Clean energy companies will destroy our land for a profit

Yesterday I picked apples from ancient trees and listened to the sound of geese and waders. Now, there’s a ghastly proposal to cover 890 acres of this lovely wetland with panels

Janet Street-Porter
Friday 17 November 2017 16:24
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I’m not opposed to wind farms off the coast, and even in remote upland areas, but the blight of solar “farms” must be halted
I’m not opposed to wind farms off the coast, and even in remote upland areas, but the blight of solar “farms” must be halted

What is the price clean of energy? Recently, we were told that wind and solar renewables were providing nearly a third of the UK’s energy, a record high. At what cost?

I’m not opposed to wind farms off the coast, and even in remote upland areas, but the blight of solar “farms” must be halted. All over the country, hard-pressed farmers are taking subsidies to cover arable land with acres of ugly solar panels standing in militant rows, surrounded by fencing. This might make sense in empty central Spain, but in Kent – the market garden of England – it is obscene.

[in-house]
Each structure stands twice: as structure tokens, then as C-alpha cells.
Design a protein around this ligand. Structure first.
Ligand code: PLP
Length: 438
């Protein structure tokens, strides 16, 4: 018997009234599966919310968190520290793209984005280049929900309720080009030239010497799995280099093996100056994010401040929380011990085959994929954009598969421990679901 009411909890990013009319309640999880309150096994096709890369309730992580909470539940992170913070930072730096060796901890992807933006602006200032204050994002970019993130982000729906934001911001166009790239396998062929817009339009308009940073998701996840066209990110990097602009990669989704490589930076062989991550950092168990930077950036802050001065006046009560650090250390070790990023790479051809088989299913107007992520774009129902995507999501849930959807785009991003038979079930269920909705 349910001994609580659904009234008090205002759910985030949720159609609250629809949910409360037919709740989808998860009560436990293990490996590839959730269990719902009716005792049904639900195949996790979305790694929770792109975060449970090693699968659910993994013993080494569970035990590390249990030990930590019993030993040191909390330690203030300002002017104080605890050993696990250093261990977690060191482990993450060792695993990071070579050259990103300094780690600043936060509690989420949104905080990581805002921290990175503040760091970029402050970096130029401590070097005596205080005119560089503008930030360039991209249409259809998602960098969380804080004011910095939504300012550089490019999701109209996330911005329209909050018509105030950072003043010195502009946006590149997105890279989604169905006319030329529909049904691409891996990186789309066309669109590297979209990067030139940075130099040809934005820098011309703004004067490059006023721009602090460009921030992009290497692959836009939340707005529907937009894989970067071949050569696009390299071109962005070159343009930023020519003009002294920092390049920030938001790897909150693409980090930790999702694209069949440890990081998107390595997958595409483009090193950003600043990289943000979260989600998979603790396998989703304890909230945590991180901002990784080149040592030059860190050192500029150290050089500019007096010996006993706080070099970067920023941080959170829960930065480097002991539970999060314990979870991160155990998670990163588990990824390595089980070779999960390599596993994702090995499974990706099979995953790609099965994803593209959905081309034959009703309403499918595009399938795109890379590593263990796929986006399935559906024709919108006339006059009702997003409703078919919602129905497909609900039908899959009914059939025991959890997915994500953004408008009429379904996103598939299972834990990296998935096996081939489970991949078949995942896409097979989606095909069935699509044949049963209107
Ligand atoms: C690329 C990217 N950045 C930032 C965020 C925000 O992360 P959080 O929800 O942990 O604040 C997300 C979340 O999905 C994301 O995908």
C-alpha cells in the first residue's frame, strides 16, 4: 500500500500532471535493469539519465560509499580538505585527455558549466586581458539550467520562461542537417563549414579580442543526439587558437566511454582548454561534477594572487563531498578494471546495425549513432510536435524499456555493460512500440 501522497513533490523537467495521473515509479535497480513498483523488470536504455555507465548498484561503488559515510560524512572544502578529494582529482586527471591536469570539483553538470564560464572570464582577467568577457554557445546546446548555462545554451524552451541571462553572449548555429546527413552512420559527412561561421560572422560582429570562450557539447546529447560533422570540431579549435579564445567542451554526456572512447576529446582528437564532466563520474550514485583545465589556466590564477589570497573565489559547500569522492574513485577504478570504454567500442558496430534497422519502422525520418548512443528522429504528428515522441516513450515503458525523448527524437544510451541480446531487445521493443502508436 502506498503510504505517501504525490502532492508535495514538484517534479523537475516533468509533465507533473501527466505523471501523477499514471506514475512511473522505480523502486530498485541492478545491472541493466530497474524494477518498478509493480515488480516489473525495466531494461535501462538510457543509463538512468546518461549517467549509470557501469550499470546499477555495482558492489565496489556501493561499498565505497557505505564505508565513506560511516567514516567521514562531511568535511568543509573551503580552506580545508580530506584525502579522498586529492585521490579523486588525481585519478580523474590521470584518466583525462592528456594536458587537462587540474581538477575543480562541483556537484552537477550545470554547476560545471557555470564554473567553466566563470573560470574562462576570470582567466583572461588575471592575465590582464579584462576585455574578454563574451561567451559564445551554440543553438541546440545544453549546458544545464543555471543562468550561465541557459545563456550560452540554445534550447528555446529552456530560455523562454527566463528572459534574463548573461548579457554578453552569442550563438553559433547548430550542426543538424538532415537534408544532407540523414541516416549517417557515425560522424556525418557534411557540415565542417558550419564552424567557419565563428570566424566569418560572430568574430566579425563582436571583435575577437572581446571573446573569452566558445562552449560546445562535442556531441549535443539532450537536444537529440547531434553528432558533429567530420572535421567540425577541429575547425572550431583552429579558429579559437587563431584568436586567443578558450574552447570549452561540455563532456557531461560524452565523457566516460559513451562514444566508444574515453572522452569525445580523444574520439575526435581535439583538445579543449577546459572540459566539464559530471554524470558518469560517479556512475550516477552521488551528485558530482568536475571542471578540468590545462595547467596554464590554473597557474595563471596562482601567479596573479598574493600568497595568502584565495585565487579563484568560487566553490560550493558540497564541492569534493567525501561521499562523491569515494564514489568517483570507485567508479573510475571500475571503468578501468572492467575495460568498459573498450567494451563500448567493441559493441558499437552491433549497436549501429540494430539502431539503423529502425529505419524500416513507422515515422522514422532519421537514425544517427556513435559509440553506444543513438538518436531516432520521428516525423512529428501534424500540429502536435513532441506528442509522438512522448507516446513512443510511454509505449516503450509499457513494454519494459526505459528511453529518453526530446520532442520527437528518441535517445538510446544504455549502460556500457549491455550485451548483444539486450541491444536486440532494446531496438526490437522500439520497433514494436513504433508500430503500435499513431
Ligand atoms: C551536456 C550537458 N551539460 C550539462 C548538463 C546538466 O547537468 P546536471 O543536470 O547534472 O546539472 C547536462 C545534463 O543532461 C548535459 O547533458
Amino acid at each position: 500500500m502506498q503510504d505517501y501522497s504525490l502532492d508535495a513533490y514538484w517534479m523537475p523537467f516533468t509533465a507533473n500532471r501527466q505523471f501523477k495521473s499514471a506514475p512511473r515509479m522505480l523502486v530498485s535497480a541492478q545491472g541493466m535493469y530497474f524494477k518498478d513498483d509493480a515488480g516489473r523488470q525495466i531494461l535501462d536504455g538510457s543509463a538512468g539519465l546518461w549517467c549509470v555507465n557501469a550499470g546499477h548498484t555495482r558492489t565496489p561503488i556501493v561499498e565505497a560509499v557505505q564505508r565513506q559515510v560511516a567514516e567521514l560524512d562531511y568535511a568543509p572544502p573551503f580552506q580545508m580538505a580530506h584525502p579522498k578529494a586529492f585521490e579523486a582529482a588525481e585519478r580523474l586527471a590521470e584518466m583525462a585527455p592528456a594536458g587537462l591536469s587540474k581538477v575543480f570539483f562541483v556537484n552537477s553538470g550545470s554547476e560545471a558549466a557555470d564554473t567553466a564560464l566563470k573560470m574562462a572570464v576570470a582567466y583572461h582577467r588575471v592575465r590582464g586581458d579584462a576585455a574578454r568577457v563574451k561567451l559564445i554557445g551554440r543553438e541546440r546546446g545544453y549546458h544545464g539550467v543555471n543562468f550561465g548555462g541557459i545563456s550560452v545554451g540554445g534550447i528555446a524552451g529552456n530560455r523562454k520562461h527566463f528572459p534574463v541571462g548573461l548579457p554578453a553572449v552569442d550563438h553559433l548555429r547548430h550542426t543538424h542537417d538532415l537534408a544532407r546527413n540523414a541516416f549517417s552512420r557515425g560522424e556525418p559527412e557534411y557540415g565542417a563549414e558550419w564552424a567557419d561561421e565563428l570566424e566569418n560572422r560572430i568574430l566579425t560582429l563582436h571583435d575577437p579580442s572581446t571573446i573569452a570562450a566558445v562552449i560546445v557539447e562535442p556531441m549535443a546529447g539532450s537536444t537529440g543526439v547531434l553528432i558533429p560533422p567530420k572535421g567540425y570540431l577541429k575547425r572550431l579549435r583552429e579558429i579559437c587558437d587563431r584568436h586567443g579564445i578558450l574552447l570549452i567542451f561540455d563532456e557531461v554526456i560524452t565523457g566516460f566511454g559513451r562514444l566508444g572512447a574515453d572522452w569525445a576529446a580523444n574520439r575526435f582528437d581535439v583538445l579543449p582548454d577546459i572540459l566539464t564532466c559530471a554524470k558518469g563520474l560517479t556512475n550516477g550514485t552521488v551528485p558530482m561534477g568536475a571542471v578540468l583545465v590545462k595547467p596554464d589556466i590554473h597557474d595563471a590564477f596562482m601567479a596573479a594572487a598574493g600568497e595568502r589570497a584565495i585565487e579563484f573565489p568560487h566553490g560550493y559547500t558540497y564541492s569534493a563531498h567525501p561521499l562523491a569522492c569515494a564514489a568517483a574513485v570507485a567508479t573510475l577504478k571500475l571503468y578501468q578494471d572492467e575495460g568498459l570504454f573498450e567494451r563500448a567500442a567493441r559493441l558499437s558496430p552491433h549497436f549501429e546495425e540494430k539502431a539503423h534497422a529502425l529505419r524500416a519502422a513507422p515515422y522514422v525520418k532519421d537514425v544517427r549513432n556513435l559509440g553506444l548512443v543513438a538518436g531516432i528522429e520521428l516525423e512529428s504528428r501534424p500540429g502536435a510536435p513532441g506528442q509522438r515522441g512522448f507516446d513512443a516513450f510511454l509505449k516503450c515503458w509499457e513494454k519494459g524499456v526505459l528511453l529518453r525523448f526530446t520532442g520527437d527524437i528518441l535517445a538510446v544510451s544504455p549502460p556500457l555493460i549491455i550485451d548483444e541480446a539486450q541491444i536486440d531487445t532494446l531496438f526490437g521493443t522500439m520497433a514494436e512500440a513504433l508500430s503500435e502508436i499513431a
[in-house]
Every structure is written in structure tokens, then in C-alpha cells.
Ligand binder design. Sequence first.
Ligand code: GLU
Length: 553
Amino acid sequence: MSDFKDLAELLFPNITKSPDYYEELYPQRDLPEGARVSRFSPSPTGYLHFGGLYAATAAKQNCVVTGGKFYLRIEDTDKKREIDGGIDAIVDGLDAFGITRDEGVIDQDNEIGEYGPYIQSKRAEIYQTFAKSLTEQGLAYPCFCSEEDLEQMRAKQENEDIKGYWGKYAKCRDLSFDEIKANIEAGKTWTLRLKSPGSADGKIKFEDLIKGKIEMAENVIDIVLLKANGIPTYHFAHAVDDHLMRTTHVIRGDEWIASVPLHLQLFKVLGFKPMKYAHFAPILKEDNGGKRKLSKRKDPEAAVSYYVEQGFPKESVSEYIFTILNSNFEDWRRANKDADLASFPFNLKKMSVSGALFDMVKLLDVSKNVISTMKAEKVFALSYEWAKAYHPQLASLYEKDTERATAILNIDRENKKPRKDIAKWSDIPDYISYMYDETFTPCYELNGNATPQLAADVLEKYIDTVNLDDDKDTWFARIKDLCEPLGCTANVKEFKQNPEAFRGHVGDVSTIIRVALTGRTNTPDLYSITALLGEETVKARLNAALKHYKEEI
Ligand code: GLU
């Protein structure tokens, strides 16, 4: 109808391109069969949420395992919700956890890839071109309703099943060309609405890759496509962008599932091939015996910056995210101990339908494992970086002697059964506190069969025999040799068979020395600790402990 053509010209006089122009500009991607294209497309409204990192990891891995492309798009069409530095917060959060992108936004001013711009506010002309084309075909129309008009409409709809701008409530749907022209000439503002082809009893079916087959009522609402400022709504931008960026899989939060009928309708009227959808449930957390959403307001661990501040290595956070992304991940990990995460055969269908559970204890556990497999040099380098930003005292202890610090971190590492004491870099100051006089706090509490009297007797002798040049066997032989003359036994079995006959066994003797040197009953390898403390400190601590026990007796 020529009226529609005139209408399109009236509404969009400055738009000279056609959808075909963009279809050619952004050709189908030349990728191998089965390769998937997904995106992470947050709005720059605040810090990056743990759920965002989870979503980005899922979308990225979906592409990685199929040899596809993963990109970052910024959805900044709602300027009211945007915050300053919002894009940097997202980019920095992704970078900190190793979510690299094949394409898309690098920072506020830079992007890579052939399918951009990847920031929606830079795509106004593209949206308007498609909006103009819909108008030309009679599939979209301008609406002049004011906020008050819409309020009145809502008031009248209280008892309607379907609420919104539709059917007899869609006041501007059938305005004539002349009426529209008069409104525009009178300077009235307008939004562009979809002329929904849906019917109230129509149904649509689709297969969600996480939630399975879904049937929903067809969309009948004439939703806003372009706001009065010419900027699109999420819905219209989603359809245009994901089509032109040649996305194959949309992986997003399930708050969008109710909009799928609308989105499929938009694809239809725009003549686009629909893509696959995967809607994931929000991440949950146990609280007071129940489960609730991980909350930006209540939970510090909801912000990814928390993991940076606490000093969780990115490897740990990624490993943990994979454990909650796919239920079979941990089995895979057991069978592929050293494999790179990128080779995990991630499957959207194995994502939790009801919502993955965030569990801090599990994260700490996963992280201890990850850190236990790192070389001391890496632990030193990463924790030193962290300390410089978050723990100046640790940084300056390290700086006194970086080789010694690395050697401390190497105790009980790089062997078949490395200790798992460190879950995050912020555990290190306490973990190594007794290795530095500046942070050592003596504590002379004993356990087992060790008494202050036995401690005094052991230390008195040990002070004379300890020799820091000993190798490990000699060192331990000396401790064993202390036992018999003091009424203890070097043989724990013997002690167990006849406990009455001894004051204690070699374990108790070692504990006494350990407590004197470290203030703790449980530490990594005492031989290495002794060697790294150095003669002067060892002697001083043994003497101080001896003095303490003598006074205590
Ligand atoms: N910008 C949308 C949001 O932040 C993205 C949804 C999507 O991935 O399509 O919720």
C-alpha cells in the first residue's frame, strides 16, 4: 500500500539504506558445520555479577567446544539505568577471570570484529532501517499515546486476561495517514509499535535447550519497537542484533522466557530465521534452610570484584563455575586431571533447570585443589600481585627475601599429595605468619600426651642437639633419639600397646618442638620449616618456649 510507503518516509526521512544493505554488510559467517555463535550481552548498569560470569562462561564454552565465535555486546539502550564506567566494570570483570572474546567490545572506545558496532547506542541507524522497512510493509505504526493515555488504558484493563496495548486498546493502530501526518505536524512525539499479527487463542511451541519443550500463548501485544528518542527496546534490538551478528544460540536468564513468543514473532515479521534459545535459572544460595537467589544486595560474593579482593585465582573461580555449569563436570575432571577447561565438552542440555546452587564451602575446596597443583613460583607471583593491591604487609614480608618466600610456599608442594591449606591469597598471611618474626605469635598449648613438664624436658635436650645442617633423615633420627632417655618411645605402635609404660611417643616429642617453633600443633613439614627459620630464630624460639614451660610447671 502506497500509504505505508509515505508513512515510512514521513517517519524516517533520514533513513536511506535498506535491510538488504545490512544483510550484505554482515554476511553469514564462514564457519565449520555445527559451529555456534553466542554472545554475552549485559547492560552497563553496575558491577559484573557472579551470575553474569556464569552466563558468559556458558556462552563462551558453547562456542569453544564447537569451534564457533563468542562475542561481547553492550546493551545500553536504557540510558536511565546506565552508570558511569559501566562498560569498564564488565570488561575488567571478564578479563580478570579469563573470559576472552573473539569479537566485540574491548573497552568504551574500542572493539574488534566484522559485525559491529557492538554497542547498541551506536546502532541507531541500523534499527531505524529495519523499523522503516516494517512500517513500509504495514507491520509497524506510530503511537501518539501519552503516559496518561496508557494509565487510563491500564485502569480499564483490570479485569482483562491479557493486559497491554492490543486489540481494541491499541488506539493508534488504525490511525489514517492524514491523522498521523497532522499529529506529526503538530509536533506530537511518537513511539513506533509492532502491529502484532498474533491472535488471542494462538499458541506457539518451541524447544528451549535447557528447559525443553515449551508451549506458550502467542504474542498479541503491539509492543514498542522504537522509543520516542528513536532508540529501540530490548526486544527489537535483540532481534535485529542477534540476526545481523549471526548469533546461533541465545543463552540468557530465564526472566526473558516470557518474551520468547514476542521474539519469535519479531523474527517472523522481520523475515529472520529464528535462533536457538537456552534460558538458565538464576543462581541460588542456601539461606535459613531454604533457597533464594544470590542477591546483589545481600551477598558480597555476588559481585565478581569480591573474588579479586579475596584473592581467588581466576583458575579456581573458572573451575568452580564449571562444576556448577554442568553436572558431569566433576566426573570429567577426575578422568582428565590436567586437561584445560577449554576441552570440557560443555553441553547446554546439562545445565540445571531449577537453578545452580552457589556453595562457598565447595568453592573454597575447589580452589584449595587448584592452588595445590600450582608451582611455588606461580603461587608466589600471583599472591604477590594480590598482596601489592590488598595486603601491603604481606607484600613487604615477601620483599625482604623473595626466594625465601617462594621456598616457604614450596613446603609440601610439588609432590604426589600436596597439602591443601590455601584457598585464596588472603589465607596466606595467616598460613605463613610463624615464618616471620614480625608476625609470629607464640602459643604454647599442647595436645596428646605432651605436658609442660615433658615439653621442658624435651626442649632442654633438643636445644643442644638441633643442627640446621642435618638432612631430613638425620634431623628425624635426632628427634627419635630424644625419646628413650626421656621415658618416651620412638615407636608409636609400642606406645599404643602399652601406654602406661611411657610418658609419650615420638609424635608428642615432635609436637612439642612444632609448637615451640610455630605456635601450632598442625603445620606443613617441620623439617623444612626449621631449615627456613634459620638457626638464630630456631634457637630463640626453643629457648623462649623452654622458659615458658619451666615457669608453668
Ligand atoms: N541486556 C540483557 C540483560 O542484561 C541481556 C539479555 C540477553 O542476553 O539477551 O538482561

For a decade, I’ve walked round an unspoilt stretch of the Thames Estuary which borders Graveney marshes, home to the South Swale nature reserve. Yesterday I picked apples from ancient trees and listened to the sound of geese and waders. Now, there’s a ghastly proposal to cover 890 acres (500 football pitches) of this lovely wetland with panels. Cleve Hill solar farm is a desecration (and blatant misuse of the word farm) that must be halted before this unique Kent landscape is ruined for ever. Renewable energy companies always claim they care about the environment – but, if unchecked, they will destroy it for profit.

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